While I still haven’t mastered my own mind, I’d like to think I’m getting better recognizing when I say “That’s because…” about people. but it comes on so fast.
When is the last time you were cut off in traffic and your very first thought was: “I hope they’re not rushing someone to the hospital.”
One of my favorite books tells us to “interrogate reality” (fierce conversations). I try to do this with every conversation. Dig deeper. Who knows what riches you can find, if you don’t assume you already know what is there.
Thanks Dan for another great post!
I also encourage readers to read a little about the phenomenon, Fundamental Attribution Error, which basically refers to the (unfortunately) natural tendency for us to attribute others’ untoward behavior to some innate, enduring flaw of theirs, while attributing our occasional bad behavior and transgressions to situational factors–e.g. “I know I was a bit harsh towards Jane, but I’ve got so much on my plate, I don’t have time for people who beat around the bush.”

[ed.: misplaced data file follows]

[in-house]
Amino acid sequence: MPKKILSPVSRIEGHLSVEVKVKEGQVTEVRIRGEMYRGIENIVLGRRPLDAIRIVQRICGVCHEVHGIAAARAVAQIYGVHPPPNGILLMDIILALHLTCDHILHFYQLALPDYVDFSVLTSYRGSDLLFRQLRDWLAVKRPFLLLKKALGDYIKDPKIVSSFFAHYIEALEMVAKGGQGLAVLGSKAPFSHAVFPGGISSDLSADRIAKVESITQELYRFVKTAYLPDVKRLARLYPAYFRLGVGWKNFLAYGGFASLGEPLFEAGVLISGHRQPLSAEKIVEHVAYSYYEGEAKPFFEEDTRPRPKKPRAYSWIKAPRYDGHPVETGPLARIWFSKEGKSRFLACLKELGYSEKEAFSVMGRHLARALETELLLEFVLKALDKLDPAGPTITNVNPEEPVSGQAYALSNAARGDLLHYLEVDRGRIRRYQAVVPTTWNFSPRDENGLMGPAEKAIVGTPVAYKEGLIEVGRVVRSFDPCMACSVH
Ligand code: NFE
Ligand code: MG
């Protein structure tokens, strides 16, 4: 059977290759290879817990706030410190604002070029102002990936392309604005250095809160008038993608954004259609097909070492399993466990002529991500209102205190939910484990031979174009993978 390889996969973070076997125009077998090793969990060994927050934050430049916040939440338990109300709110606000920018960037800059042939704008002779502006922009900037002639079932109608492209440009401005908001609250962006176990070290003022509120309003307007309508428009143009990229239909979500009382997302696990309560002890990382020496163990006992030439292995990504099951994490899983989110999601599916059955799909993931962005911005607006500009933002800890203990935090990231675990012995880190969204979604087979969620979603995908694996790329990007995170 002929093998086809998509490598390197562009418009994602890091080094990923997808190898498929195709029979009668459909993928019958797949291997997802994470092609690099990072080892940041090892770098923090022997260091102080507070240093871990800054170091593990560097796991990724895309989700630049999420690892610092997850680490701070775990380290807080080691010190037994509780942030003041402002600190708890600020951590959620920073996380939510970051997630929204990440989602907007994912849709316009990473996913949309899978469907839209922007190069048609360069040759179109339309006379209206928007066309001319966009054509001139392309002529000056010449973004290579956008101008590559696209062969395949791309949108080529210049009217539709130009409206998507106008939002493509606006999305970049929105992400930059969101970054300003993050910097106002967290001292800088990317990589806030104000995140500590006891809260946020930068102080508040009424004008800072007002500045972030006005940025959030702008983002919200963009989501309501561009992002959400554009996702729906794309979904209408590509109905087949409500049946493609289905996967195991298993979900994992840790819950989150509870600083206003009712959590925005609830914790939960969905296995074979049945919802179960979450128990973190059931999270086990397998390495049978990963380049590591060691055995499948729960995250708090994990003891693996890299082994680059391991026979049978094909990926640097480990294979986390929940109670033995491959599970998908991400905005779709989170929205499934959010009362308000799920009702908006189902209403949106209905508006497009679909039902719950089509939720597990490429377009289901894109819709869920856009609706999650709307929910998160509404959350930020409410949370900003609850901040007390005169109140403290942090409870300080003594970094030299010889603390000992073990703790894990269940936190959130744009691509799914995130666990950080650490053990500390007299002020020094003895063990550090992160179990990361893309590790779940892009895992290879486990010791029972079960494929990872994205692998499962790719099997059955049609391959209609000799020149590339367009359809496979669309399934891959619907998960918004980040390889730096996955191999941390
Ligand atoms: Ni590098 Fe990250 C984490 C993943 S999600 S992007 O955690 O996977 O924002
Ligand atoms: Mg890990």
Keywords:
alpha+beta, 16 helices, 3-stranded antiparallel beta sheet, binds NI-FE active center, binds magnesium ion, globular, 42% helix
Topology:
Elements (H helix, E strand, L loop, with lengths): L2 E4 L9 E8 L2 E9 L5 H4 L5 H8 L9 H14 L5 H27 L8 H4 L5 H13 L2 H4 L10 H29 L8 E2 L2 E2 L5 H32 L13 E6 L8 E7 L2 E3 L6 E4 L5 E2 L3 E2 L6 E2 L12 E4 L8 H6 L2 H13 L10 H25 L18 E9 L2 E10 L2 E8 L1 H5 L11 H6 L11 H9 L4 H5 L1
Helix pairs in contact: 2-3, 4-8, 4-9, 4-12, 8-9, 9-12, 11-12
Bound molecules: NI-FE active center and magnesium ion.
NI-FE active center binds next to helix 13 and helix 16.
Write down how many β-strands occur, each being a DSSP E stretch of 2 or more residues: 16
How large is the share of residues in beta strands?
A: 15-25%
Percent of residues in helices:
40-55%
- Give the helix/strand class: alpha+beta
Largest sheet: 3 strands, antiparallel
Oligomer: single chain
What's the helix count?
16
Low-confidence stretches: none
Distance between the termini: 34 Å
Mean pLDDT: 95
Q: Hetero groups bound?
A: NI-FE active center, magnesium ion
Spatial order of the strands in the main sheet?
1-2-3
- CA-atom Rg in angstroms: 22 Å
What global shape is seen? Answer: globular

Another useful tool that helps get me out of my negative “explanations” is a version of a question the folks at VitalSmarts use. One version I use is:
“What might cause any ‘normal,’ honorable, good person to think, feel, or act that way?”
Framing our question in that way obviously sends our internal search for an explanation in a very different direction.
Thanks again for such an interesting and helpful blog.
You hit it out of the park with this one! I love this post. This concept is one I often talk about in my presentations. Offense occurs when we assign meaning or intent to someone’s behavior without knowledge. Your first sentence says it all. While I’m still not a master over my own mind, I like to think I’m getting better at recognizing when I say “That’s because…” about someone. “That’s because…” is what gets us into trouble, and destroys relationships. The thing is it happens so fast.
When was the last time you were cut off in traffic and your first thought was “I hope they’re not rushing someone to the hospital”. That’s not my first thought, but at least my SECOND thought is now more forgiving, compassionate, and respectful.